John Guinn’s decision to require proof from his customers that they have been vaccinated against COVID-19 meant an early morning Wednesday for the owner of the Commercial Street Pub.

“I got calls at 7 a.m. with people telling me they weren’t going to come in,” Guinn said. “They said they’re going to go across the bridge” and find a bar in South Portland.

But Guinn said his decision offered him a way around Portland’s mask mandate, which requires customers to wear masks in all indoor public spaces to try to ward off a spike in coronavirus cases that health officials believe is being fueled by the highly transmissible omicron variant. That’s because a clause in the ordinance allows businesses to avoid the mask requirement if they instead require customers to show proof that they have been vaccinated.

Guinn didn’t relish the idea of having to constantly monitor the mask-wearing of his patrons, so he opted for the vaccination approach, posting large signs in his window advising people that they would have to provide proof that they had been vaccinated if they wanted to belly up to the pub’s bar.

Guinn expected to lose some customers over the mandate, which took effect Wednesday and applies only in Portland. He thinks other bars also will see an exodus of customers to South Portland and other neighboring towns where there is no requirement for people to wear masks.

Overall, Guinn said he thinks the requirement “will be a mess.”

One of his regular customers, Michael Lemieux of Portland, said he supports both vaccinations and mask-wearing and had no problem offering proof that he had gotten a vaccination to get into the pub Wednesday, but thinks the requirements should be voluntary.

“Any practical person will agree that we have to have safeguards in place, but that does not mean it should be mandated,” he said.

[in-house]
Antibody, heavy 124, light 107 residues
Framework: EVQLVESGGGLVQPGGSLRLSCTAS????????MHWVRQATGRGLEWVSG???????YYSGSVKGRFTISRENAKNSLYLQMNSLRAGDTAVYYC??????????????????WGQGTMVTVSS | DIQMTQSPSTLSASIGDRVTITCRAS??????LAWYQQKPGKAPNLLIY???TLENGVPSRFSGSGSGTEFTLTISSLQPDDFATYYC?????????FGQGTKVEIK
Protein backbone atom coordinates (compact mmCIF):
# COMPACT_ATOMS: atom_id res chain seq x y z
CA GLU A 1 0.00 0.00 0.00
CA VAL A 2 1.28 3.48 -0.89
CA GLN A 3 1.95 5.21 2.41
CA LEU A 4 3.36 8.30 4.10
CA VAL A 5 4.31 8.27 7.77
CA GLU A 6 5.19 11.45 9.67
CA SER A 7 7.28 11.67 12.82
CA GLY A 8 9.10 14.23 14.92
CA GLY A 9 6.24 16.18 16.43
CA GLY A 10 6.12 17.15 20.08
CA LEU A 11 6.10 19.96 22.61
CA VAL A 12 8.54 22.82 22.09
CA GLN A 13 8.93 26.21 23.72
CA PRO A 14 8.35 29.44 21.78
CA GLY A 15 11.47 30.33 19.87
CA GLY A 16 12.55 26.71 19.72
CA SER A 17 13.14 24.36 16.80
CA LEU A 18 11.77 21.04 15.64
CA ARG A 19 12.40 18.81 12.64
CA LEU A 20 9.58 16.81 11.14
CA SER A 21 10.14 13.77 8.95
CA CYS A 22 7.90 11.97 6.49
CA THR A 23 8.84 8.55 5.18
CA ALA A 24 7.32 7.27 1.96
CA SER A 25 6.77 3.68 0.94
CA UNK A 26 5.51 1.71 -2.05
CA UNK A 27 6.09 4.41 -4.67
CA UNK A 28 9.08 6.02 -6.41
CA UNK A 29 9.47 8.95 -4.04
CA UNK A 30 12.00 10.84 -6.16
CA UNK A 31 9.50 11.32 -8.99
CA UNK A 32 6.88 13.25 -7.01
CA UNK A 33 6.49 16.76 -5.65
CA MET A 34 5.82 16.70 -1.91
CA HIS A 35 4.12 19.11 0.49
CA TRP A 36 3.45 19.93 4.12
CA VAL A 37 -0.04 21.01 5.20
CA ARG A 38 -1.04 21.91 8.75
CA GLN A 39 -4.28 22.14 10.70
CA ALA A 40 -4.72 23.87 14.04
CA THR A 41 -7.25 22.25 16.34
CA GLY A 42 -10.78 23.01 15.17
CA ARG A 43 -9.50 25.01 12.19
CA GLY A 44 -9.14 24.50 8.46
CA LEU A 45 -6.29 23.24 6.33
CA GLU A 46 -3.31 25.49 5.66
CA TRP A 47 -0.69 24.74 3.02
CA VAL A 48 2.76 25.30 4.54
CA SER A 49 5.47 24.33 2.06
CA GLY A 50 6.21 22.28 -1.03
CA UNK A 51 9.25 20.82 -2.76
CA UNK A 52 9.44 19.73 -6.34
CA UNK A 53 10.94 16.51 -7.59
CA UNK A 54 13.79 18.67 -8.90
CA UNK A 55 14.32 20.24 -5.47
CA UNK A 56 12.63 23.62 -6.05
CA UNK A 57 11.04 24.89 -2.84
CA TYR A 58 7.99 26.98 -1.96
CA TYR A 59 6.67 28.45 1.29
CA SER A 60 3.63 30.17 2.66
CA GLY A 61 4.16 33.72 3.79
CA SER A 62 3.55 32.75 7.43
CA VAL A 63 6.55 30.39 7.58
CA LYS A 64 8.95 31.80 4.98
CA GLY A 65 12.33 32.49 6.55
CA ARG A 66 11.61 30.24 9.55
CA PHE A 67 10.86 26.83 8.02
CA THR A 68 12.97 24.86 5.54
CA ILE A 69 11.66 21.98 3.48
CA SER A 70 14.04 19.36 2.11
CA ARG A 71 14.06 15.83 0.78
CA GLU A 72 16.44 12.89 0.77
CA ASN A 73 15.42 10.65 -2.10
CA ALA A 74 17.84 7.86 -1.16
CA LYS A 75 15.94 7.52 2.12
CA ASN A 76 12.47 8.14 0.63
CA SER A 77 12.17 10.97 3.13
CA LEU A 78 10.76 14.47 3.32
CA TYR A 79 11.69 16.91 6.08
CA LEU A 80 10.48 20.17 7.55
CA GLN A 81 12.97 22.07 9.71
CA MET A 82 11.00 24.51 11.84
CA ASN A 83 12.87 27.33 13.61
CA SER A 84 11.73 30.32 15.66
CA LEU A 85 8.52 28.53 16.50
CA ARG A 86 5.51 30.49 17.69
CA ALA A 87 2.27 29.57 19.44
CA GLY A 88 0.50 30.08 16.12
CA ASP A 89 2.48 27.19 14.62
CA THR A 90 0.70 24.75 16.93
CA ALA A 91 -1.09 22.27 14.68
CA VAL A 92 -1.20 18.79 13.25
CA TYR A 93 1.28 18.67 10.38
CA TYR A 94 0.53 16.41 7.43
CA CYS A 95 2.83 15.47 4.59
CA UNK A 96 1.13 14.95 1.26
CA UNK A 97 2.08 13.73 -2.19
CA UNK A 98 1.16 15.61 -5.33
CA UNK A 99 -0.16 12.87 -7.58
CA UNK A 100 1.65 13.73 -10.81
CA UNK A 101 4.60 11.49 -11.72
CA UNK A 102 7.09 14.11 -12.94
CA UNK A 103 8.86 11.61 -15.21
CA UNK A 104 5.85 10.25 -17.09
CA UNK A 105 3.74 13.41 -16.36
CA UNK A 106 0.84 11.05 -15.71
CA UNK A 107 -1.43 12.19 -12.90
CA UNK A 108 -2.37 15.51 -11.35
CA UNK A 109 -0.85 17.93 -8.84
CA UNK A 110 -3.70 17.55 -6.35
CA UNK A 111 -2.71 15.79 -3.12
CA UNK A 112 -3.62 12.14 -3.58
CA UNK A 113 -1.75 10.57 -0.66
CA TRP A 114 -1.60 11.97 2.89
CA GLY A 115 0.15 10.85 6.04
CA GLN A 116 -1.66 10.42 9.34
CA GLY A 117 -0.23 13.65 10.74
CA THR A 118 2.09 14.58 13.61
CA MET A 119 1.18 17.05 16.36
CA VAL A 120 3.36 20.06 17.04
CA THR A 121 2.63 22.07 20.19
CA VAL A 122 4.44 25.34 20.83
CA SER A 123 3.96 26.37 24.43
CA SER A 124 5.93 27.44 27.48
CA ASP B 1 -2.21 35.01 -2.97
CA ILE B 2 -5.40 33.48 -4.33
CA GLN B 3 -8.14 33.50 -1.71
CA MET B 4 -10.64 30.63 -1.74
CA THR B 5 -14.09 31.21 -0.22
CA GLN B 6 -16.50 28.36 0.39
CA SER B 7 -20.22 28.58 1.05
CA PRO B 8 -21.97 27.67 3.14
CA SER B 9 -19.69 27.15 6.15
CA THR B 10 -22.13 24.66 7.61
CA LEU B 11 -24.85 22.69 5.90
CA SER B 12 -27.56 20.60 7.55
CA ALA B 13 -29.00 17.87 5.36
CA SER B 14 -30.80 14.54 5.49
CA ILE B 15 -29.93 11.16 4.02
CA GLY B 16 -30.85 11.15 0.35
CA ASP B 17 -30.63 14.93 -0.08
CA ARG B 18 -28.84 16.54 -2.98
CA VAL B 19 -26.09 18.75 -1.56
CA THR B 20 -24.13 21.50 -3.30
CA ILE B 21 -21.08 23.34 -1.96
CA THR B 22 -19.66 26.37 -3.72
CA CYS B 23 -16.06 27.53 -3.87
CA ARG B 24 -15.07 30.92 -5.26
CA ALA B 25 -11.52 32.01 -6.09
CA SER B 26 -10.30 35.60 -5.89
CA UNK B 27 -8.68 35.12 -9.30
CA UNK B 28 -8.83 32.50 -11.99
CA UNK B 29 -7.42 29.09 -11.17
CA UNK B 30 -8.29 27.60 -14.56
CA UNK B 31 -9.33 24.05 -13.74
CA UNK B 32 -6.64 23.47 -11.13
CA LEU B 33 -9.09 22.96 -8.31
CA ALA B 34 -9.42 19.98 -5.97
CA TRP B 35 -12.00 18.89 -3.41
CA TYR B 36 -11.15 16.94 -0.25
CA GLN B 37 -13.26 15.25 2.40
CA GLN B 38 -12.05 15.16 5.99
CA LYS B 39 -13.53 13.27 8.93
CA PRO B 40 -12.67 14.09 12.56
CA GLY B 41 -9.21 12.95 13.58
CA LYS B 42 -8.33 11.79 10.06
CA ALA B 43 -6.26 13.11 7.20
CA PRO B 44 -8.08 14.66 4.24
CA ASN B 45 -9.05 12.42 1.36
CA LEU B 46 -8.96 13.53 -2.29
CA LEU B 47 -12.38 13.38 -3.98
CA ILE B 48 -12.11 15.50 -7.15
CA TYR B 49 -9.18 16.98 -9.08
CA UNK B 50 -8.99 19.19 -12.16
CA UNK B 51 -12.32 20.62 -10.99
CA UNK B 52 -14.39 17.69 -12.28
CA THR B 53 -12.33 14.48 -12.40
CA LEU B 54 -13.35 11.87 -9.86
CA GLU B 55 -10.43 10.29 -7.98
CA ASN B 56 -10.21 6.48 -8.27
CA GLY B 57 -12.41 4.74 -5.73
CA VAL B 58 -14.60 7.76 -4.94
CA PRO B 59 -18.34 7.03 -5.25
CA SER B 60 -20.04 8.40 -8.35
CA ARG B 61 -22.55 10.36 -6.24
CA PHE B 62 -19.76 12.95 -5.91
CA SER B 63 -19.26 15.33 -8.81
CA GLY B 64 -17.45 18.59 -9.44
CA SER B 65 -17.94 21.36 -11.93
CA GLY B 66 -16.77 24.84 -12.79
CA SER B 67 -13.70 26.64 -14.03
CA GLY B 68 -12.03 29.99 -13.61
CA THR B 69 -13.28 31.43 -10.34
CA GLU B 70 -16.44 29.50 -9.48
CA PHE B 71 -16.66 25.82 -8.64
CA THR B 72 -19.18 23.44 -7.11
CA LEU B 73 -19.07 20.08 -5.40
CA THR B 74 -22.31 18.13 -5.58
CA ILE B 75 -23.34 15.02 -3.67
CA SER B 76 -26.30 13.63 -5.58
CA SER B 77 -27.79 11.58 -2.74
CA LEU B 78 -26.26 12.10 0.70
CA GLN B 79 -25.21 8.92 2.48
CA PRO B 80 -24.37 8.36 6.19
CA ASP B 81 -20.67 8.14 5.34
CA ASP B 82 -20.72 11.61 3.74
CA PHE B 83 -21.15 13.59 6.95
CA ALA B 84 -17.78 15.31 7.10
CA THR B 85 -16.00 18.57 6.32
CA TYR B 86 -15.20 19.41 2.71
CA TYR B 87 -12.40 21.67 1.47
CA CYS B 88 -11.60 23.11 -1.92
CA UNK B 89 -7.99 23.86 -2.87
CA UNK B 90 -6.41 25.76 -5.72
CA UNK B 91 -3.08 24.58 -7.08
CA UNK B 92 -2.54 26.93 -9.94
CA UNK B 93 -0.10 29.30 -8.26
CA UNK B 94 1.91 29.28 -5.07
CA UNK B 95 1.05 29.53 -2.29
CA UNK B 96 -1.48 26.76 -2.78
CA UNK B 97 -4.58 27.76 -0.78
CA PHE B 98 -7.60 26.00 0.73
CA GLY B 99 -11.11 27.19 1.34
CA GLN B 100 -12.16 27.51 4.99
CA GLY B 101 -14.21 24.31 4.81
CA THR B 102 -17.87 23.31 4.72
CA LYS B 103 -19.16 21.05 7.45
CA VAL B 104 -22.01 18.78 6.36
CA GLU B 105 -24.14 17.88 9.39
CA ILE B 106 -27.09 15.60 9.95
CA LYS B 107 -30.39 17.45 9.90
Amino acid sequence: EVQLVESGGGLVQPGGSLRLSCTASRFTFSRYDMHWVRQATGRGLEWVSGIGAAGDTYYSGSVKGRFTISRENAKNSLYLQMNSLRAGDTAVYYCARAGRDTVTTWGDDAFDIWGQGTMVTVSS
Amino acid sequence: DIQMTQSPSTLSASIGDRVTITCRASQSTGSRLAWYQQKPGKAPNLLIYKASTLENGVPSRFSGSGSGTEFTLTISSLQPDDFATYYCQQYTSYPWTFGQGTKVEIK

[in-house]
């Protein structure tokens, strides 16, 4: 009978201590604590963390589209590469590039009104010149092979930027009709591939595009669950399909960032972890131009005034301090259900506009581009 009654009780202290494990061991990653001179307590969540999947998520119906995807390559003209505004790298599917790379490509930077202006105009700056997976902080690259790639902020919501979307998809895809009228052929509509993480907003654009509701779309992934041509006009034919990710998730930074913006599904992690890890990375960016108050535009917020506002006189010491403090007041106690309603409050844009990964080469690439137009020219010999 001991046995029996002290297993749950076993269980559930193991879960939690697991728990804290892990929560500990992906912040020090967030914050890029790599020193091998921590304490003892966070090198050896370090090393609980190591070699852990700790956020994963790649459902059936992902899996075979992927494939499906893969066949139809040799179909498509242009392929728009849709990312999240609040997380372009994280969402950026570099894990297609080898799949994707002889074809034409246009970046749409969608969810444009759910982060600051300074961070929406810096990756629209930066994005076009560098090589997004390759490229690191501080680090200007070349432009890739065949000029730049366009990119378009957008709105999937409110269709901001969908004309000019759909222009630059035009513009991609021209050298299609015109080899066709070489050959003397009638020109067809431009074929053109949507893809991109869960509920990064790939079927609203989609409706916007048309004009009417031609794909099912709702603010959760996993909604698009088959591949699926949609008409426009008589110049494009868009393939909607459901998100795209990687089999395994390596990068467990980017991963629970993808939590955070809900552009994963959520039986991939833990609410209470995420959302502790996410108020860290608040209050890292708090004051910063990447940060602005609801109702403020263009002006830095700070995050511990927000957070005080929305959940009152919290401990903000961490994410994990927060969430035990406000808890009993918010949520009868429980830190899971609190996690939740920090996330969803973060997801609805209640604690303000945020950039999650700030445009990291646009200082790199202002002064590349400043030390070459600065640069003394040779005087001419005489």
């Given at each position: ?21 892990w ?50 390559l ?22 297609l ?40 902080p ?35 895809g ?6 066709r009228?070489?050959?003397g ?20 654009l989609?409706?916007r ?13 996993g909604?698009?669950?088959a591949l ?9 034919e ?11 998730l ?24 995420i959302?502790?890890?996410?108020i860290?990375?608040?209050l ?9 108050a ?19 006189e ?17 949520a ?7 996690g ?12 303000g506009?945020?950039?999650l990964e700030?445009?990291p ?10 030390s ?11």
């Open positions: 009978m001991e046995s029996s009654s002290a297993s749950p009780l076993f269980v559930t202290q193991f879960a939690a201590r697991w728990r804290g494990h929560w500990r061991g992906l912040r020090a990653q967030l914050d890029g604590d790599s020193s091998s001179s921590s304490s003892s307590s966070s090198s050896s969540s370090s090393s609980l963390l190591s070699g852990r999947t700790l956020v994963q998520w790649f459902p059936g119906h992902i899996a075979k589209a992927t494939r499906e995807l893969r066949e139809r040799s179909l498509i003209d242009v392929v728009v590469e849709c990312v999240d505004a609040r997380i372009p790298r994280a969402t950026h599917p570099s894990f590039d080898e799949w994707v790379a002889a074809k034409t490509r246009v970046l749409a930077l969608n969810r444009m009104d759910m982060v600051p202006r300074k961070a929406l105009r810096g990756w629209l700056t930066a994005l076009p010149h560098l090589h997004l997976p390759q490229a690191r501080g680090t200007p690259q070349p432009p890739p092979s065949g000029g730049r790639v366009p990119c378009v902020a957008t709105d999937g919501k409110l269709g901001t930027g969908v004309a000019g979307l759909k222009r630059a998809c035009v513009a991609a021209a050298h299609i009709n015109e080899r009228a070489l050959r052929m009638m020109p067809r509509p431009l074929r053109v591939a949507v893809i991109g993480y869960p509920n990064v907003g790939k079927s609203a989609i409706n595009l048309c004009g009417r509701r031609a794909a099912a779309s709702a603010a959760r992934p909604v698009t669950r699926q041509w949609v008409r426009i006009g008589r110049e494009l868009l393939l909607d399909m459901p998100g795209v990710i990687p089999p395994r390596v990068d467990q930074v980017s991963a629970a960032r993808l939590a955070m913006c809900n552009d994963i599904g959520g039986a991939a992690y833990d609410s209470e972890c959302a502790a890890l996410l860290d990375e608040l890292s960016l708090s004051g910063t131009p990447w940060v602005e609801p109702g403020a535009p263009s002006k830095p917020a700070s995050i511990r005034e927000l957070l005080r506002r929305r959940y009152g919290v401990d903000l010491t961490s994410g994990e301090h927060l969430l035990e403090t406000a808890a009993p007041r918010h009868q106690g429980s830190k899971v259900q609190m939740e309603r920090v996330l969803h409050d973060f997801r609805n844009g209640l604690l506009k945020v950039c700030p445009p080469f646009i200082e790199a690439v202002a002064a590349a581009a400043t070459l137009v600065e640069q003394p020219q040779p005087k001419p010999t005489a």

John Guinn, owner of the Commercial Street Pub in Portland, has begun requiring proof of vaccination for entry because he didn’t want to constantly monitor mask-wearing by his patrons. Ben McCanna/Staff Photographer

But opposition to the mandate appeared to be the exception Wednesday and observance of the new mandate seemed to be smooth elsewhere in the city.

Just up Exchange Street, Ashley Hart at Treehouse Toys said only a handful of customers came in maskless Wednesday and those that did left quietly and quickly when informed of the city’s new rule. Hart said she appreciated being able to tell customers that the mask was a city requirement, rather than a store request as it had been before the Portland City Council adopted the mask mandate Monday night.

Kyle Kohler at the Hilltop Superette on Munjoy Hill said his experience was the same Wednesday, with almost all of his customers coming in with a mask on and quick compliance among any who had forgotten to put on one.

Patricia Fuller, who was shopping at a CVS pharmacy on Forest Avenue Wednesday, said she had been unaware of the City Council’s action, but she was an eager supporter when told about the new rule.

Fuller noted that she keeps masks on her at all times and has them in every coat and bag she owns so she’s never caught without one.

“For me, there’s no issue,” she said. “It’s a pandemic.”

Fuller believes more people should support wearing a mask and taking other steps to limit the spread of the virus.

“It doesn’t matter what I want it to be,” she said, “it’s a consensus thing.”

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